News / Health

    As MERS Infections Rise, Asia Reflects on SARS

    City employee wearing protective mask walks past local government anti-SARS advertisement, Shanghai, Dec. 29, 2003.
    City employee wearing protective mask walks past local government anti-SARS advertisement, Shanghai, Dec. 29, 2003.
    The deadly Middle East Respiratory Syndrome (MERS) has killed more than one hundred people so far, but many questions remain about its origins and method of transmission.

    In Hong Kong, analysts say lessons learned eleven years ago with Severe Acute Respiratory Syndrome (SARS) — a genetically similar pandemic that killed almost 300 people in 2003 — can be applied to slow MERS infections.

    A respiratory disease caused by a type of coronavirus, MERS is a common virus that infects animals and humans, causing fever and coughing and, in serious cases, pneumonia and kidney failure.

    First reported in Saudi Arabia in 2012, MERS has proven fatal in 102 of the kingdom's 339 confirmed cases reported since that time.

    Although the disease has since spread to other spots in the Middle East — Egypt recently reported a handful of cases — reports are also turning up in Malaysia, the Philippines and Indonesia.

    According to Malik Peiris, the director of the center for influenza research at Hong Kong University, the comparison between MERS and SARS is striking.

    “When SARS started, in the November-December period of 2002, what we were seeing was also clusters of cases, clusters of human patients with severe pneumonia, [and] at that time nobody knew what it was," said Peiris, who leads the Hong Kong laboratory that was responsible for isolating the SARS virus in 2003.

    Scientists only later confirmed the SARS pandemic was caused by a virus that originated from Chinese bats and jumped across species to humans.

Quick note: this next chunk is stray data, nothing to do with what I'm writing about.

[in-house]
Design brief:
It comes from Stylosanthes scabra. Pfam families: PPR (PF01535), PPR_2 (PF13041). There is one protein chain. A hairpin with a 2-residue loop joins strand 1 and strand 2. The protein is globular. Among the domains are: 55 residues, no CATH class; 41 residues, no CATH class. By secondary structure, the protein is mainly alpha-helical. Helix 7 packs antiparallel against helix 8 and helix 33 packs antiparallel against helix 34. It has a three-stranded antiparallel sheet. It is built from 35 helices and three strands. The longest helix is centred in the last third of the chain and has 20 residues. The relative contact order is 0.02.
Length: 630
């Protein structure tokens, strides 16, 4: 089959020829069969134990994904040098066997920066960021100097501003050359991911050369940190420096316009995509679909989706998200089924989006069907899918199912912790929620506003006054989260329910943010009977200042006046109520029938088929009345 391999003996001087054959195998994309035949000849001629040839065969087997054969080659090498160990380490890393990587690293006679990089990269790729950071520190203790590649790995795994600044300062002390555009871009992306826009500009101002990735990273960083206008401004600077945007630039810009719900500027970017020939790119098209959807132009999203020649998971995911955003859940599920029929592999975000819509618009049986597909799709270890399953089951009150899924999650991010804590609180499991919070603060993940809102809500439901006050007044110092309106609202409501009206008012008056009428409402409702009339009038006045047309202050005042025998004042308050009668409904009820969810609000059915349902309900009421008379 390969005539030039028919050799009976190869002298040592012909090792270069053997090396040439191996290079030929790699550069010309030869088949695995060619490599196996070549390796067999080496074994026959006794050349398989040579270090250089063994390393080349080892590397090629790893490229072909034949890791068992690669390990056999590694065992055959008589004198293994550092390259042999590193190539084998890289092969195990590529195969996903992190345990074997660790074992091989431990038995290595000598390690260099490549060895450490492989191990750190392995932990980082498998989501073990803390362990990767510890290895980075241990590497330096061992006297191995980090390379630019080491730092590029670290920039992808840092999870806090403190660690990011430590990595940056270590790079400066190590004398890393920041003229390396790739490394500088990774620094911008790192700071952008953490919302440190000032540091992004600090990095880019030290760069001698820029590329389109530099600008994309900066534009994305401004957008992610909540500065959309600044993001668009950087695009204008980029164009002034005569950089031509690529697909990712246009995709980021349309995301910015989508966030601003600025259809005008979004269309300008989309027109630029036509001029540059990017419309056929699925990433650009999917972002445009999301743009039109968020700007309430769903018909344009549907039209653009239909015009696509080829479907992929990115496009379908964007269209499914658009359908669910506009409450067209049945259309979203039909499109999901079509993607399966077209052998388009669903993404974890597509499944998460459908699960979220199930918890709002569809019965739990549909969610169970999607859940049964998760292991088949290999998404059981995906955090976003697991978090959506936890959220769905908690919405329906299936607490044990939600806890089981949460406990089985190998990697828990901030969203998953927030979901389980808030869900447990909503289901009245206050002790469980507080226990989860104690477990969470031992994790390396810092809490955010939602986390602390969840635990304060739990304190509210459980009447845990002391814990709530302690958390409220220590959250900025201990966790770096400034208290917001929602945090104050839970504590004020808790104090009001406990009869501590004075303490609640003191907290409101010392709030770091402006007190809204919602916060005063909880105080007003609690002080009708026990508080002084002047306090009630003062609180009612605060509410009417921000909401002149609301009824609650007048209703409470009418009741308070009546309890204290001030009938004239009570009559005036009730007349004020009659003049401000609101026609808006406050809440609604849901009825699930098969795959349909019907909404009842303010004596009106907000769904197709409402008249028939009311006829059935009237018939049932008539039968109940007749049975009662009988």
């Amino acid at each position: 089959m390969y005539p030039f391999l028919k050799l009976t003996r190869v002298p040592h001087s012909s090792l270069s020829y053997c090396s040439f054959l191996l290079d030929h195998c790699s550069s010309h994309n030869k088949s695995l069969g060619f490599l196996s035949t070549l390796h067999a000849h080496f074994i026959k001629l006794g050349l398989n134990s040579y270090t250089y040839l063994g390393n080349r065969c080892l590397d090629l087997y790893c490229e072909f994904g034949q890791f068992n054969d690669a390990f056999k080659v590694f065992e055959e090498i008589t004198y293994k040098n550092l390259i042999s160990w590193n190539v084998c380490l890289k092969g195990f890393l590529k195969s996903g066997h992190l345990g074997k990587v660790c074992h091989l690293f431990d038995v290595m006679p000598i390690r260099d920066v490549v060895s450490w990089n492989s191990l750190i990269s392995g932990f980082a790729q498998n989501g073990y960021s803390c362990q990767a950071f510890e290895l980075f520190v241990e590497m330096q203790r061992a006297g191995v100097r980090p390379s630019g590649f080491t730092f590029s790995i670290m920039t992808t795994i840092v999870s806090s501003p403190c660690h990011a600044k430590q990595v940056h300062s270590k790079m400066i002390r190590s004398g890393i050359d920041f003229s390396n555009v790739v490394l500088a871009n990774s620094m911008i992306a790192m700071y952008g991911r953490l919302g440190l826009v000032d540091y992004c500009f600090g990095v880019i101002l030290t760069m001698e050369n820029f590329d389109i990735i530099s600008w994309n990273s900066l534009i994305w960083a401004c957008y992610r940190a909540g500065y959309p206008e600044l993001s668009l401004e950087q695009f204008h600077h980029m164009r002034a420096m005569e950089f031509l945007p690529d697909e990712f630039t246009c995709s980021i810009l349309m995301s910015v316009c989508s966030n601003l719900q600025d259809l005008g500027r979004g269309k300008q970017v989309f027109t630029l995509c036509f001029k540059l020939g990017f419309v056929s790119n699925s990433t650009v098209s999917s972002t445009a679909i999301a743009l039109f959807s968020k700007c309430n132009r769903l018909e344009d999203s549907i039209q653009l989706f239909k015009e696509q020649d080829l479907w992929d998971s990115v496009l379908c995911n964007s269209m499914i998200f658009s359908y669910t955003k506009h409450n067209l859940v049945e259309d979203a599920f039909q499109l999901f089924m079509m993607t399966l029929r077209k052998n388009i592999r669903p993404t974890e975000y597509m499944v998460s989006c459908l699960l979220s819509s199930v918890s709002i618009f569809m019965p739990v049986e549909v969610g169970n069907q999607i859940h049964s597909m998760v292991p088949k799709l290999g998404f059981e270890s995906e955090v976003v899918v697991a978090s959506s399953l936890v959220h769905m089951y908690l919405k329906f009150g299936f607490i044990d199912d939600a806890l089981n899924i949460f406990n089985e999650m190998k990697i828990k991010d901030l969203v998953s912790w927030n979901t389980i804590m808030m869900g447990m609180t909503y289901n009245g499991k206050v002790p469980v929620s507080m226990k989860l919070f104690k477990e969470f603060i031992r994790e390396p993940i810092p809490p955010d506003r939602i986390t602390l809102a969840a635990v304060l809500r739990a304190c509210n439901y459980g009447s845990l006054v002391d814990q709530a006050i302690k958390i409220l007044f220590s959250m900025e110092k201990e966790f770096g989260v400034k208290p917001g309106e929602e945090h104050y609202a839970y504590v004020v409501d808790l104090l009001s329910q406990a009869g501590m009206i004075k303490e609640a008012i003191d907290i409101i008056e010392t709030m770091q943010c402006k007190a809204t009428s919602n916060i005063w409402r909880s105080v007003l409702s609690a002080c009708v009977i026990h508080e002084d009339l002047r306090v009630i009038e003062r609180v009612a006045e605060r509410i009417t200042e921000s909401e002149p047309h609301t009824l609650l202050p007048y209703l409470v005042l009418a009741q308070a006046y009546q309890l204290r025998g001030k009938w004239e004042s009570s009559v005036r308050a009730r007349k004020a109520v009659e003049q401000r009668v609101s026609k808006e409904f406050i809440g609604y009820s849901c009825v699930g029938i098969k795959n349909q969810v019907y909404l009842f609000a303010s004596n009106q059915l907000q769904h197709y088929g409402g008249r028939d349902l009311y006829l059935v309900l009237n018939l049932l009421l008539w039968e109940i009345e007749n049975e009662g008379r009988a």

"Each of those clusters [would die] out and then a fresh cluster of cases [would appear] somewhere else, all within Guangdong in Southern China," he said. "And then, a few months later, by January-February, the virus started to transmit in a sustained fashion from human to human.”

    Within months, Peiris says, SARS spanned more than 25 countries, touching all five continents.

    A turning point

    For China, the epidemic that went on to claim nearly 800 lives worldwide represented a turning point for national health policy.

    At first, Beijing authorities downplayed the seriousness of the virus and barred new outlets from reporting new cases.

    Prompted by the leaks of a doctor in Beijing, however, Chinese health officials eventually admitted they had covered up information to avoid panic, and then notified the World Health Organization about the real magnitude of the situation.

    According to analysts, the delays exacerbated the epidemic. In retrospect, the cover up only underscores the high cost of secrecy on matters of public health.

    When MERS first appeared in Saudi Arabia, Peiris says, there was also a delay in releasing information.

    “There was some time lost during that early phase, 2012-2013, in which much more could have been learned," he said. "But over the recent months, I think there really has been significant awareness and action in this regard.”